Potable water to boost Zipacoa’s social development

From time to time, Zipacoa, in northern Bolivar, faces a water crisis as the local administration and citizens try to make do with their already depleted water reserves.

The ground on which Diana mata walks is cracked and dry, but at the same time, it sinks a few centimeters with every step she takes. The whole landscape in front of her should look and feel the same, but in this dry season a miracle happened: this is one of the few recent years in which the Poza de la Montaña did not dry up completely. It still has a flooded center and, over it, hundreds of birds fly and wander on the patches of land, while on the shore villagers laden with pipettes and tanks extract the water they use for housework and consumption.

“It has plenty of water”, says Diana, a community leader with a lifetime of service to her community: Zipacoa. This small hamlet is located near the municipality of Villanueva, in the department of Bolívar. Here, drinking a glass of fresh, drinkable water was similar to the luxury of buying a cold soda at the store. Diana says that in this hot place in the Caribbean, although the aqueduct was inaugurated a couple of months ago, “the water runs out a lot and when we have it, it arrives with a lot of chlorine and sand. The children have gotten sick because of it”.

Seen from Google Maps, the lagoon looks like the only bit of water in the middle of the entire Zipacoera land mass, which for years has supplied water to the community. But Diana has seen it dry up for years and, therefore, the fact that it still has water makes her happy: the miracle means that they will not lack water during the summer.

“There are about 150 families living here, including a large number of children and elderly people”, says Diana. None of the houses have access to drinking water. People have to walk to the lagoon. Depending on where the house is located, on average a person has to walk 300 meters every time they need to bathe, wash clothes, collect water for cooking or are thirsty. “It is up to us, the women, and the children who stand in line to fetch drinking water and then carry heavy tanks to the houses, passing through roads and broken, unpaved streets”, she adds.

Diana says this scenario has always been frustrating, but her concern grew with the arrival of the COVID-19 pandemic. In the midst of the sanitary crisis, the need for drinking water was imminent. “When the elderly, mainly, began to get sick, they had to make the effort to buy bottles of water, but it is too expensive every day. Some of them even live alone, so we had to make collections so as not to neglect them”, he explains.

For years, the Poza de la Montaña also decreased its flow for wildlife and livestock. Those who have studied it attribute it mainly to sedimentation and have said that the lack of connections with tributaries can cause it to lose its economic and biological productivity, especially if actions are not implemented to reduce and adapt to the impacts of climate change.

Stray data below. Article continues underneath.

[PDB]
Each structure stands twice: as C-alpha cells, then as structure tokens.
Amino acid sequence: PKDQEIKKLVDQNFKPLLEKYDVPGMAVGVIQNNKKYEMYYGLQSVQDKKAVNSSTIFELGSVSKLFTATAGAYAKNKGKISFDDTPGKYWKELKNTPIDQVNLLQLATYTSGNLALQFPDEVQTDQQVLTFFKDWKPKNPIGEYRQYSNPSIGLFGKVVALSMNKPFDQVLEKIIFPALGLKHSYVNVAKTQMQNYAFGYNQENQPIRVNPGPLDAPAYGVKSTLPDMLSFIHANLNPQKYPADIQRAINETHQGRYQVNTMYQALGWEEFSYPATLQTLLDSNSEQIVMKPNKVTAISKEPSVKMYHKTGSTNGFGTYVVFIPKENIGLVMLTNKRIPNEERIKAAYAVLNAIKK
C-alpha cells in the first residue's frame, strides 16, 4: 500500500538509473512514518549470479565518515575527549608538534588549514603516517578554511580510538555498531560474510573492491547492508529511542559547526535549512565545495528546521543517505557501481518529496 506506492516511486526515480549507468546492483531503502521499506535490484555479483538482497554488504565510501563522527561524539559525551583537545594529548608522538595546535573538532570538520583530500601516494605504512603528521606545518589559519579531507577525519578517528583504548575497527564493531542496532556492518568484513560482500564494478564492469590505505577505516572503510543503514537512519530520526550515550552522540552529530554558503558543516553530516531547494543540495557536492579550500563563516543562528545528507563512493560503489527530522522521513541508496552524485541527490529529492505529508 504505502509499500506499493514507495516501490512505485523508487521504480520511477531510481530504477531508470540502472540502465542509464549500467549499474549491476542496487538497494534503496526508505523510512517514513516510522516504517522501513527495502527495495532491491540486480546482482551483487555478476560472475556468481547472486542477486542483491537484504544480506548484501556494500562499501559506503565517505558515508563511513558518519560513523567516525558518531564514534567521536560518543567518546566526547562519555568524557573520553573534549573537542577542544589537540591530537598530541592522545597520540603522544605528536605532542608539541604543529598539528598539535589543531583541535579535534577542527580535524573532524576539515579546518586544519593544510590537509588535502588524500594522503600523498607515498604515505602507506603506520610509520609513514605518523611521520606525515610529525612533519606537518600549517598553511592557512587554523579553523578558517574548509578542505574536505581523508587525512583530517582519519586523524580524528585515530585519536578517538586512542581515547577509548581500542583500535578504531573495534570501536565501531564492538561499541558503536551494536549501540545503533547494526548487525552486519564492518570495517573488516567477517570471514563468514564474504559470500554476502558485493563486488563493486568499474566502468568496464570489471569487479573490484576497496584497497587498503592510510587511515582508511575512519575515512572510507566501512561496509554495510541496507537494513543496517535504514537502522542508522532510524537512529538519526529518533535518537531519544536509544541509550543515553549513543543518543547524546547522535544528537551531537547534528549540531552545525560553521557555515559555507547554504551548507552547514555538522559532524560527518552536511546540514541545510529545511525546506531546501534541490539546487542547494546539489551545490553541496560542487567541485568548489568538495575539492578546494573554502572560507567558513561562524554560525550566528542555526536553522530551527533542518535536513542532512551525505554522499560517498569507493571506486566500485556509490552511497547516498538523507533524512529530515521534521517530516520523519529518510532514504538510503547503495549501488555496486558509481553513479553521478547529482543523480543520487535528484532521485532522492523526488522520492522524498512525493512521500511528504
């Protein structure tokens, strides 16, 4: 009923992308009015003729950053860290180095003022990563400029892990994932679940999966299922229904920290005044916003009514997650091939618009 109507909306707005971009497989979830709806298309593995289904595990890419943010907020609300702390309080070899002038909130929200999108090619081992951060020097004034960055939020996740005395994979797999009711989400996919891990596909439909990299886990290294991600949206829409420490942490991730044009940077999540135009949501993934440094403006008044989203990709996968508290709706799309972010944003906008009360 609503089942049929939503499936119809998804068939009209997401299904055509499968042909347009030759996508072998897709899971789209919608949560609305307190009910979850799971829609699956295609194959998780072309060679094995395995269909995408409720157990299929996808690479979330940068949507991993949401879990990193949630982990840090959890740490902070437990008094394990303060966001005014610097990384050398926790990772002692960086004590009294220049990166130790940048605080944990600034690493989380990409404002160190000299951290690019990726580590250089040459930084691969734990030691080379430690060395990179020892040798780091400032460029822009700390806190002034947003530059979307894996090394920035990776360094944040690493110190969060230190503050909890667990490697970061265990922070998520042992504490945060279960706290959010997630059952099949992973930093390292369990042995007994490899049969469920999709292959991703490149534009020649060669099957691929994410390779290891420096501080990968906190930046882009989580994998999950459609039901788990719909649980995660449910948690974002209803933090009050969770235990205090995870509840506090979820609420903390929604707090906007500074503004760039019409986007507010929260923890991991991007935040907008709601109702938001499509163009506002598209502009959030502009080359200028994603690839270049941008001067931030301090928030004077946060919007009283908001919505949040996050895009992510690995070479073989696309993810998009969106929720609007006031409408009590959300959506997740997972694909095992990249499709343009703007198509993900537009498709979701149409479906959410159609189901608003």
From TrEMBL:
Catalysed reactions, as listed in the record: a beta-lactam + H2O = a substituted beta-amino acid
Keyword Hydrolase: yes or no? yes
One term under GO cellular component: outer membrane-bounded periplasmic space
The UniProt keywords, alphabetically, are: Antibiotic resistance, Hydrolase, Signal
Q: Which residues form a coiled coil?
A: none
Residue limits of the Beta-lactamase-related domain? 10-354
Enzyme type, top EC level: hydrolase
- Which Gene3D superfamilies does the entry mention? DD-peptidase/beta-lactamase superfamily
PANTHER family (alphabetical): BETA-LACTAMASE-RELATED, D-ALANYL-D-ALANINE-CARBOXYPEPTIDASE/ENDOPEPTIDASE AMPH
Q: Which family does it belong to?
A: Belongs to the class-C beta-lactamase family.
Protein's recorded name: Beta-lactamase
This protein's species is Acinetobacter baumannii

What is happening with the aqueduct?

The lack of coordination between local governmental entities and the lack of inclusion of Zipacoa’s neighbors in the decision making process of their own community are just some of the factors that make the water coming from the recently inaugurated aqueduct a danger.

In addition, although there are elevated tanks in the village where the water provided by the Villanueva Mayor’s Office in times of drought and managed by the inhabitants themselves is deposited, this does not guarantee the permanent possession of the resource, so they have to buy the resource from tanker trucks from the municipality of Santa Rosa, which is stored in private pools, and then sell each 20 liter tank for $600 COP. This is in addition to the transportation of the pimpinas in a buggy to the houses, at a cost of between $1,000 and $1,500 COP each way.

Natural phenomena such as El Niño, make Zipacoa and other areas of Bolivar a territory prone to prolonged droughts where, although it rains, it rains unevenly: little in summer and too much in the rainy season, according to IDEAM.

“Although the last administrations have made important efforts to provide the population with drinking water, what they have not remedied are the inequalities among users. Drinking water coverage is better in urban areas than in rural areas“, says Diana.

Today the faith of the inhabitants is in the reactivation of the Metropolitan Area of Cartagena, of which the District and the municipalities of Clemencia, Santa Catalina, Santa Rosa, Villanueva and San Estanislao are part. The same was formed in 1998, however, so far this administrative figure has not been implemented.